Star Wars: The Clone Wars

Published: .
Updated: .
David Swindle
Grade: D

As (what it should have been) a direct-to-DVD or first six episodes of a TV show: B-

Context is everything. One could look up at some generic painting while eating a Salisbury steak at a diner and think how nice it looks. Yet throw that same picture up on the wall of a museum and it'll instead draw frowns and confusion at just why it's there.

That's kind of the situation with the new "Star Wars" movie and the reason for the decision to give it two letter grades. This is a horrible film. If it were a TV show (which it apparently is going to be) then it might not be that bad. The show should debut this fall and this film was actually, according to Entertainment Weekly, kind of an afterthought. Star Wars creator George Lucas was so impressed by the TV show they were developing that he gave the go-ahead for a feature-length movie to launch it.

"Clone Wars" is set between "Star Wars Episode II: Attack of the Clones" and "Star Wars Episode III: Revenge of the Sith." It begins with Anakin and Obi-Wan (neither voiced by their film actors) leading a clone army on some remote planet. As they're strategizing master Yoda sends Ahsoka Tano, a young female Jedi to be Anakin's padawan learner. The three Jedi must defeat the droid army on the planet so they can move on to their next mission: rescuing Jabba the Hutt's kidnapped son. An alliance with the powerful Hutt gangster family is necessary in the war against the separatists.

It really isn't a film. There isn't even a protagonist. Who's the hero of the film that the audience roots for and lives through vicariously? It doesn't show how a character struggles and evolves. It's just a series of battles and action set pieces that lack any kind of tension since the filmmakers haven't bothered developing the characters. And even though those fight scenes are moderately entertaining, the film faces the same problem of the much better "Kung Fu Panda," namely that action just isn't as exciting when it's animated.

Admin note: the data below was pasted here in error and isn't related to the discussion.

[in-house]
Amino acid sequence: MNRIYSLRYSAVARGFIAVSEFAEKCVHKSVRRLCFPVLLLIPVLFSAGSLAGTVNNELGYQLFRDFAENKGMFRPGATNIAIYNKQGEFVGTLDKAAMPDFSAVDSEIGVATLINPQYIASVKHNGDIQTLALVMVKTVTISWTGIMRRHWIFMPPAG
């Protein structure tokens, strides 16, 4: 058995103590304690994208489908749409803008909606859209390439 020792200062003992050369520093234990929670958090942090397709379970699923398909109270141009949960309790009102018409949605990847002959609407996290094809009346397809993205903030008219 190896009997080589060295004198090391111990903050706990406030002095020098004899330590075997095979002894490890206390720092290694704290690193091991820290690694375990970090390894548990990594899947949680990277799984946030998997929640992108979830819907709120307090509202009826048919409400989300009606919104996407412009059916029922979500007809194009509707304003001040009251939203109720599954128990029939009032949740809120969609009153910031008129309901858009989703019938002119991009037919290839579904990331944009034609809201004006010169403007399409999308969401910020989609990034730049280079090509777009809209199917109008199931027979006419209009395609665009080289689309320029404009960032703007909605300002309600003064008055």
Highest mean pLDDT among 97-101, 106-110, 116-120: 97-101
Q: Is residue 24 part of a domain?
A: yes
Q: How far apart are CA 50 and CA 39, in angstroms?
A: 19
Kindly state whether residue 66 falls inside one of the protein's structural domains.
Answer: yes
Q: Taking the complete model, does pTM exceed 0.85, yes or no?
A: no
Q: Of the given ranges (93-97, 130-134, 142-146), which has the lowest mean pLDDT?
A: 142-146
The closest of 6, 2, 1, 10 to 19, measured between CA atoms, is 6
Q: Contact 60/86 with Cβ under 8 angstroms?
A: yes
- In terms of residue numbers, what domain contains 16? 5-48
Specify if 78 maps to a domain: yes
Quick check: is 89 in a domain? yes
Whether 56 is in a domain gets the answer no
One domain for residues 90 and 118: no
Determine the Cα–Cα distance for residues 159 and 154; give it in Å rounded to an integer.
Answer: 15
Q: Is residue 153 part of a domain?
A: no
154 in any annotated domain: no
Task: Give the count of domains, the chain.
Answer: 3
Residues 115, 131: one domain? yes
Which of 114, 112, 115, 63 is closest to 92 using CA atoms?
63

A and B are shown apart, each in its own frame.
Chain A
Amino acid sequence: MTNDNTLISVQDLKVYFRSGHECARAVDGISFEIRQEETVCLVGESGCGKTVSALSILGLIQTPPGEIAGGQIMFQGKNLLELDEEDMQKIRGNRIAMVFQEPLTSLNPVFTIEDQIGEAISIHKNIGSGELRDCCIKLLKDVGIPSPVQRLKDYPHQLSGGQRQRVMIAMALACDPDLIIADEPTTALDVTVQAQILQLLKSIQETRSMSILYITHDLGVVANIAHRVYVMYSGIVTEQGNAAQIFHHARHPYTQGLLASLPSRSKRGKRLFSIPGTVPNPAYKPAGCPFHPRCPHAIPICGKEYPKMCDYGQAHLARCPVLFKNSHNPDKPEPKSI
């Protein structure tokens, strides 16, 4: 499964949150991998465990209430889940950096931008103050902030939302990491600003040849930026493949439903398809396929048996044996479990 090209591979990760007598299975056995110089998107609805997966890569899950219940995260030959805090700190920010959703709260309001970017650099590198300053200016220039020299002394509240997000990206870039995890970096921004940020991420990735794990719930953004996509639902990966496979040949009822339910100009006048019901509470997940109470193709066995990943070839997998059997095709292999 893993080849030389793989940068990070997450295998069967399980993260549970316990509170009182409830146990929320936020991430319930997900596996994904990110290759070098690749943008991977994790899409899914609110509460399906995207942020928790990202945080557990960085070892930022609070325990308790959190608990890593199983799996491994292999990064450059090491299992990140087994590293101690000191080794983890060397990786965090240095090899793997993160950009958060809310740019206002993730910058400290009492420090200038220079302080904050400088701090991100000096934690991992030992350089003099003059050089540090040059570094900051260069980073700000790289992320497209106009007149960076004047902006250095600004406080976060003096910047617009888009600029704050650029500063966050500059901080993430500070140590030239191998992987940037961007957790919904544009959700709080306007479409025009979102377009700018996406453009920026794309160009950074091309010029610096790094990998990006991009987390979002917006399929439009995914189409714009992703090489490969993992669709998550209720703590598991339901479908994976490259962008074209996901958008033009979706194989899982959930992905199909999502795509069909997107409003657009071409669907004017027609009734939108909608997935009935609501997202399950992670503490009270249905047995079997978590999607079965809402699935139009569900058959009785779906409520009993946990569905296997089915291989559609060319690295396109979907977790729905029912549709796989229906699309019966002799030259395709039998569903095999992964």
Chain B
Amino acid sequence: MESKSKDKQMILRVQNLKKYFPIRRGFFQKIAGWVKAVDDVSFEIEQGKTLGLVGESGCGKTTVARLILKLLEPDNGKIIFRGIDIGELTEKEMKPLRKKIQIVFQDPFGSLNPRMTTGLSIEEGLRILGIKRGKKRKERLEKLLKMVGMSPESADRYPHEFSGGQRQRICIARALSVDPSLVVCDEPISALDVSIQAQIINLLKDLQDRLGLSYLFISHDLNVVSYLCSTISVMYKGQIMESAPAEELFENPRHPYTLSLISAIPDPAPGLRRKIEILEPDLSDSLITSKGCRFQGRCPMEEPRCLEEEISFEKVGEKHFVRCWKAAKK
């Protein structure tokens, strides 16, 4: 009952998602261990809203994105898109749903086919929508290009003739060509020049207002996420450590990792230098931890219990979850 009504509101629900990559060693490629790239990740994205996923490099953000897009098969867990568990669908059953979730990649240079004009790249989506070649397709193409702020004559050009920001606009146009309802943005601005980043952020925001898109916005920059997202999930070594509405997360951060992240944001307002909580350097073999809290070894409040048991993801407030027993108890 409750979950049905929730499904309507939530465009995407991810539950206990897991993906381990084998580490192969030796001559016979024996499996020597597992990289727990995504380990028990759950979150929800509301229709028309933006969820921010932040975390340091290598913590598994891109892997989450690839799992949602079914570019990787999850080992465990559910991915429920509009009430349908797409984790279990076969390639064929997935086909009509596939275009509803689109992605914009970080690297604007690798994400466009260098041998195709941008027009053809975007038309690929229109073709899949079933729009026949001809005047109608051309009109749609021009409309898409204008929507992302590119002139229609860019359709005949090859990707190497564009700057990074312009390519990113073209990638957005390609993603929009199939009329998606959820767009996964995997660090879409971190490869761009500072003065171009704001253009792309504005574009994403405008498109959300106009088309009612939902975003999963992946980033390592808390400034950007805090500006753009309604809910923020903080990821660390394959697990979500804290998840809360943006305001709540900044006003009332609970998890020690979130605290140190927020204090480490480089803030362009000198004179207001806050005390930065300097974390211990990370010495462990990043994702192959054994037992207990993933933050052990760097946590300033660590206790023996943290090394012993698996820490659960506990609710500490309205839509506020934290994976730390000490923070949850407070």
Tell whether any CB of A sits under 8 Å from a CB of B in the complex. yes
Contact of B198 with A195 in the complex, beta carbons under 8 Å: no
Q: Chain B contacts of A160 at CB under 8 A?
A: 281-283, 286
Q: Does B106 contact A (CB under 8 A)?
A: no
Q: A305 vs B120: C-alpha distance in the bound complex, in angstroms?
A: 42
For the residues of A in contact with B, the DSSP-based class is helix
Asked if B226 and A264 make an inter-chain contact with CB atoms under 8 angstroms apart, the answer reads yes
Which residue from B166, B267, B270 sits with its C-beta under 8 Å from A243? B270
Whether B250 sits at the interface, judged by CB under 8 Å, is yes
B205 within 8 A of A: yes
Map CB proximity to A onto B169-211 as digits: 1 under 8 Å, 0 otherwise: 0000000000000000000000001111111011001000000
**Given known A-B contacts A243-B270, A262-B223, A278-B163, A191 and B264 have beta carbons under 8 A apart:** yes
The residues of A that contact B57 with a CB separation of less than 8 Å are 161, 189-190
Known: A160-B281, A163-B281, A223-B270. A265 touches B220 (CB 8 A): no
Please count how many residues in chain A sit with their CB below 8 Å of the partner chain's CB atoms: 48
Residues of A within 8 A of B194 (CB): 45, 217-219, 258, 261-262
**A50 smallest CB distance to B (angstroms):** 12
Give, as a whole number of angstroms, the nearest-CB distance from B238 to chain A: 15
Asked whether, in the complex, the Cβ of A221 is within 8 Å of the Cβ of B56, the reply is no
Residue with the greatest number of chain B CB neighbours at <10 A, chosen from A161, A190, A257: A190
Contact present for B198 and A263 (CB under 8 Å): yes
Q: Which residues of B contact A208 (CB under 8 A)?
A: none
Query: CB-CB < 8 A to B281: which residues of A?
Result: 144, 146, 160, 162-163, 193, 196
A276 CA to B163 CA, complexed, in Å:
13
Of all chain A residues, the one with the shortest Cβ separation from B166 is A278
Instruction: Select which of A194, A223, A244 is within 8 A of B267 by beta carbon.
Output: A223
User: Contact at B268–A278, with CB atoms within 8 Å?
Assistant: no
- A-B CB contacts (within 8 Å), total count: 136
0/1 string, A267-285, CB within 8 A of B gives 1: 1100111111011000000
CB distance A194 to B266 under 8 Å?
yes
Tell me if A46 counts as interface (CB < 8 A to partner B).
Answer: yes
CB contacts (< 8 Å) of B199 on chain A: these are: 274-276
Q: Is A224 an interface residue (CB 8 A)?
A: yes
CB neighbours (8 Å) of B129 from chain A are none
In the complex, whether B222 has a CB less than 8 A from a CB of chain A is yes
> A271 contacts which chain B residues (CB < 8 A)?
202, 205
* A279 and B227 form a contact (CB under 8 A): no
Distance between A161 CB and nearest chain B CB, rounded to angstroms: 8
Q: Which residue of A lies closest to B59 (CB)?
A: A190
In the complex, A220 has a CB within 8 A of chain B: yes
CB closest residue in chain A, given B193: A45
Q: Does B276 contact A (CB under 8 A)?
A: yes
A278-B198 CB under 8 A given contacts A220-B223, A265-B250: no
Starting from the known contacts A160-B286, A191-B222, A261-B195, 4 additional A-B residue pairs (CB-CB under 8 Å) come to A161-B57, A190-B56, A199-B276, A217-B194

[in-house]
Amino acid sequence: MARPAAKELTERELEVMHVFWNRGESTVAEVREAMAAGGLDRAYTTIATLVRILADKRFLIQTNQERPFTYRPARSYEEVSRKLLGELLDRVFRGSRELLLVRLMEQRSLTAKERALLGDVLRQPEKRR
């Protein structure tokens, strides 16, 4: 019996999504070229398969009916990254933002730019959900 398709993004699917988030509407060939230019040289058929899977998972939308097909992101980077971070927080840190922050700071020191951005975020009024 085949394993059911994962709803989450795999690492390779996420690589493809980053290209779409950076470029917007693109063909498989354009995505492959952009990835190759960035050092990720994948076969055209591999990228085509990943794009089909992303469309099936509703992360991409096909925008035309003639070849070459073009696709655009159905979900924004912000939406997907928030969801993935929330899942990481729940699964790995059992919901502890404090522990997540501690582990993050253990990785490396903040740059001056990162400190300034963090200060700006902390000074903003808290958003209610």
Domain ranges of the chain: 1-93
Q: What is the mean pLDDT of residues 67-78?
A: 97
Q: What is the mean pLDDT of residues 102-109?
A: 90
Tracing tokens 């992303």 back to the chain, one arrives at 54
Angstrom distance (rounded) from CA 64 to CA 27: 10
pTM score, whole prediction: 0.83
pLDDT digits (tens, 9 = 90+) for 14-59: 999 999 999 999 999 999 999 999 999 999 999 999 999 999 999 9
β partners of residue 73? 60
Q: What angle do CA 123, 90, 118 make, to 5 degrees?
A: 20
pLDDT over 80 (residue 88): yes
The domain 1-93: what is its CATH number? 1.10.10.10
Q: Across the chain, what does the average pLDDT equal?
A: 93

Do Lucas and company think that the audience is going to care about the characters just because they established them in the prequel trilogy? The Anakin, Obi Wan, and Yoda of "Clone Wars" aren't really the characters of the films. They're just shadows of them. Removed from the gifted actors that bring them to life you've just got the cardboard cut-outs spouting the silly dialog of Lucas's scripts.

The film's only saving grace is the fact that it's set within the Star Wars galaxy. Any time within Lucas's creation is always a treat. The film is kind of the crumbs that have fallen onto the floor. It might not be as good as the meal but Star Wars fans will take what they can get.

Jarring moments of silliness also intrude on the film just as they did the prequel trilogy and the new "Indiana Jones." Ahsoka Tano is nowhere near as annoying as the abomination Jar Jar Binks but she can be irritating the way she calls Anakin "Sky Guy." Worse, though, is the depiction of Ziro the Hutt, Jabba's relative that lives on Coruscant. If the film hadn't gone out of its way to declare Ziro to be Jabba's uncle then the audience would have assumed he was a female. The flamboyant Hutt has strange tattoos or makeup and talks in an effeminate way. I guess everyone has a gay uncle even if you're a giant slug with a pet rancor living in a galaxy far, far away.

Further evidence that the film should have been a direct-to-DVD effort lies in the quality of the animation. This summer has seen the stunning animation of "Kung Fu Panda" and "WALL-E." "Clone Wars" cannot compete. The animation is reminiscent of the cut scenes in Star Wars video games from five years ago. This is TV-level computer animation that's only on the big screen because Lucas now has the power to make and distribute any film he wants.

In "Ratatouille" the film's antagonist, Skinner, has started a line of TV dinners based off of the recipes of famous deceased chef Auguste Gusteau. That's kind of what "Clone Wars" is. If the original "Star Wars" films are classic dishes prepared by a master, then "Clone Wars" is a mass-produced, low-quality imitation that you reheat in a microwave. And it's fine to eat a TV dinner every now and then. If you're going to, though, don't pay $8 for it. Generally when I'm eating my $1 Salisbury steak TV dinners on my break at work I feel I'm getting my money's worth. And that's about as much as one should pay to see "Clone Wars."